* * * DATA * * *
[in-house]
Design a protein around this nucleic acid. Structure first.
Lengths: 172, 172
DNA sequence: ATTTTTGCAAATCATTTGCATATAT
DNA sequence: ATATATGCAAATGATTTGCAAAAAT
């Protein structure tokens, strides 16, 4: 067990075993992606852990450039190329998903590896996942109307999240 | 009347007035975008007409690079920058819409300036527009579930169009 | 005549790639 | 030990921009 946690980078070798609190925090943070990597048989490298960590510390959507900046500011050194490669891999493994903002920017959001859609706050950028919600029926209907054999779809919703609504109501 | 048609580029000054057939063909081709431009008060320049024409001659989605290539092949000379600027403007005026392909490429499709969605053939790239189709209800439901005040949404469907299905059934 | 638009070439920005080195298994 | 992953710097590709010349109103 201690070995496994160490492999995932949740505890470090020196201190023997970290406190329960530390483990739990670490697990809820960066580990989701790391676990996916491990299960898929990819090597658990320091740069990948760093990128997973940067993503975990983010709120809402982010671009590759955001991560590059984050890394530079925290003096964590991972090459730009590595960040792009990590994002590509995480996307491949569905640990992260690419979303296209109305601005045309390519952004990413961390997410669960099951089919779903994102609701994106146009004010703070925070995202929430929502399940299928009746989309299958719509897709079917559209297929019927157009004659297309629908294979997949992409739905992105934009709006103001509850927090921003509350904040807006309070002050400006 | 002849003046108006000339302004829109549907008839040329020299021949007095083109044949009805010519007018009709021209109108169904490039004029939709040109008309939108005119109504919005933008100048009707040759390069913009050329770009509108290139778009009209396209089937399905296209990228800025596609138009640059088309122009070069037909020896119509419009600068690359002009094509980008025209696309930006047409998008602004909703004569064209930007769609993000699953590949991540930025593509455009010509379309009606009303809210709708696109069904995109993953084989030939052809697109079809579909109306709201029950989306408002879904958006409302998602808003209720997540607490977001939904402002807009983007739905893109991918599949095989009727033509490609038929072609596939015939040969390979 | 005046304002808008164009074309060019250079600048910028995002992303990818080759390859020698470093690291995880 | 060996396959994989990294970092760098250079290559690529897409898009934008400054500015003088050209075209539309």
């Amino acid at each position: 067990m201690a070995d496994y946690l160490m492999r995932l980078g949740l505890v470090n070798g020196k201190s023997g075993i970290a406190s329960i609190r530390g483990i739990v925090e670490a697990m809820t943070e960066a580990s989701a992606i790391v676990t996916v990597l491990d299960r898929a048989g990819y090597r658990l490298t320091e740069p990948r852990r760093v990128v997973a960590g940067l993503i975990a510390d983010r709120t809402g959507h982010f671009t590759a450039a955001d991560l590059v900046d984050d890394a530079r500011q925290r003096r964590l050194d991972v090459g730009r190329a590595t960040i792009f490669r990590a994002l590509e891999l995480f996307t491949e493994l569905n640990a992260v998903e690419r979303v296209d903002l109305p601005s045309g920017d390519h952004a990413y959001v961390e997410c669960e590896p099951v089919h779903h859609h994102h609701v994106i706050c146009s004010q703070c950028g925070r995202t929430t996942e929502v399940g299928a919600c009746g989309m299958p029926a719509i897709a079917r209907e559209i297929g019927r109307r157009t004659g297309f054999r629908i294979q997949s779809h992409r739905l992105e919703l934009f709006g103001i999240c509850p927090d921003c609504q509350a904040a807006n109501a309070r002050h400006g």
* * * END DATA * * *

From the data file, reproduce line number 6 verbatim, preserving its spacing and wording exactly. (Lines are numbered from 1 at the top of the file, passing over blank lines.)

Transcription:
């Protein structure tokens, strides 16, 4: 067990075993992606852990450039190329998903590896996942109307999240 | 009347007035975008007409690079920058819409300036527009579930169009 | 005549790639 | 030990921009 946690980078070798609190925090943070990597048989490298960590510390959507900046500011050194490669891999493994903002920017959001859609706050950028919600029926209907054999779809919703609504109501 | 048609580029000054057939063909081709431009008060320049024409001659989605290539092949000379600027403007005026392909490429499709969605053939790239189709209800439901005040949404469907299905059934 | 638009070439920005080195298994 | 992953710097590709010349109103 201690070995496994160490492999995932949740505890470090020196201190023997970290406190329960530390483990739990670490697990809820960066580990989701790391676990996916491990299960898929990819090597658990320091740069990948760093990128997973940067993503975990983010709120809402982010671009590759955001991560590059984050890394530079925290003096964590991972090459730009590595960040792009990590994002590509995480996307491949569905640990992260690419979303296209109305601005045309390519952004990413961390997410669960099951089919779903994102609701994106146009004010703070925070995202929430929502399940299928009746989309299958719509897709079917559209297929019927157009004659297309629908294979997949992409739905992105934009709006103001509850927090921003509350904040807006309070002050400006 | 002849003046108006000339302004829109549907008839040329020299021949007095083109044949009805010519007018009709021209109108169904490039004029939709040109008309939108005119109504919005933008100048009707040759390069913009050329770009509108290139778009009209396209089937399905296209990228800025596609138009640059088309122009070069037909020896119509419009600068690359002009094509980008025209696309930006047409998008602004909703004569064209930007769609993000699953590949991540930025593509455009010509379309009606009303809210709708696109069904995109993953084989030939052809697109079809579909109306709201029950989306408002879904958006409302998602808003209720997540607490977001939904402002807009983007739905893109991918599949095989009727033509490609038929072609596939015939040969390979 | 005046304002808008164009074309060019250079600048910028995002992303990818080759390859020698470093690291995880 | 060996396959994989990294970092760098250079290559690529897409898009934008400054500015003088050209075209539309």